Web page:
We're the middle children of history, man. No purpose or place. We have no Great War, no Great Depression. Our Great War is a spiritual war. Our Great Depression is our lives...and we are very, very pissed off.
- Brad Pitt as Tyler Durden in Fight Club
A great line from a clever movie, and one that really hit home when I watched it in 1999 (one of these days I'll read the book). This line still resonates, but I wonder if it would make it into a movie post 9-11-01.
Those of us in our 30s grew up in relative affluence and peace. Other than an occasional economic hiccup or a bomb being lobbed at Libya, those of my generation grew up not having to worry about the world at large. It was the "end of history" and we went out into the world to make a buck and figure out the meaning of life. In the movie, the angst-ridden protagonist was unable to find any meaning other than being a consumer, and he couldn't accept it:
You're not your job. You're not how much money you have in the bank. You're not the car you drive. You're not the contents of your wallet. You're not your fucking khakis. You're the all-singing, all-dancing crap of the world.In today's world, five years later, I think our protagonist could find meaning, either as standard barer in the War on Terror, or perhaps as a member of the opposition. Either way you lean politically, 9-11 and the subsequent activity that followed it woke the country up from the inward-looking, angst-ridden search for meaning into a full-scale war against terrorism as well as ourselves.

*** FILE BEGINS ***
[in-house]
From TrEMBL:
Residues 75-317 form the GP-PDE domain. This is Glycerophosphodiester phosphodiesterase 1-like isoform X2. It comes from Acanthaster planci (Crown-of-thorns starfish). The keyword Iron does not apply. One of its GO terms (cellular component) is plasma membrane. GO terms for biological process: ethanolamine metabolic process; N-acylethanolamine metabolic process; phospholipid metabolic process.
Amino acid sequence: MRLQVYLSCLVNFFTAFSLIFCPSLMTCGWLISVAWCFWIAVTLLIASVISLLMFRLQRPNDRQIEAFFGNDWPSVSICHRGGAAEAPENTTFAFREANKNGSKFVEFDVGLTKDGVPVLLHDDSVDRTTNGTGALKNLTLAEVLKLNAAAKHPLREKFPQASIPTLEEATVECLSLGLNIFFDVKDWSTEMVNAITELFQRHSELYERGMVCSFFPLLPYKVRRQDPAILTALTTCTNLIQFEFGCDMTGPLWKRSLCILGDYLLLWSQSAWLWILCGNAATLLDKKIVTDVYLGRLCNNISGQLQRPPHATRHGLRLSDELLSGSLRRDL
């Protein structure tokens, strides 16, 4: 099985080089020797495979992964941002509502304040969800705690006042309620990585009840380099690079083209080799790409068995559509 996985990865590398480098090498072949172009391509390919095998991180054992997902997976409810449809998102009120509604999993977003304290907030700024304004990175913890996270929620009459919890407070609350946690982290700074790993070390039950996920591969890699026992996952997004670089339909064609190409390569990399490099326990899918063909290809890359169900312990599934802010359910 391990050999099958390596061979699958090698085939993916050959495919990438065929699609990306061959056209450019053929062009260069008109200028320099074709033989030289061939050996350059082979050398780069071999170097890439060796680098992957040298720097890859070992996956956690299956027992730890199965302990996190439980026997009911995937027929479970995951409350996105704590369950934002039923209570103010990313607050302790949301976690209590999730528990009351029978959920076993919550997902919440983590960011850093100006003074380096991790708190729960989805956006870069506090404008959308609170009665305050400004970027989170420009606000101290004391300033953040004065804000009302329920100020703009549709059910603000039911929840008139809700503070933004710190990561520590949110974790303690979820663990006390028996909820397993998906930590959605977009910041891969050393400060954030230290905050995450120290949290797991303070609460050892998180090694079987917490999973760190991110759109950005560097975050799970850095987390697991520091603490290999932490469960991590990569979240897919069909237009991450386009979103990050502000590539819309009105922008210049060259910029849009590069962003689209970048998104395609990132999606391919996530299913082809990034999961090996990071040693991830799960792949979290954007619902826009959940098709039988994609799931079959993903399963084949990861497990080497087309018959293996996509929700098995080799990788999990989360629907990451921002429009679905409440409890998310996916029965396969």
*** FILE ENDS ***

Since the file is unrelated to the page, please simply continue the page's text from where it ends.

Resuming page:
This is why the political dialog has gotten so nasty. This is why students are getting more involved politically. This is why the number of blogs is exploding. It's our new meaning. It's our Great War.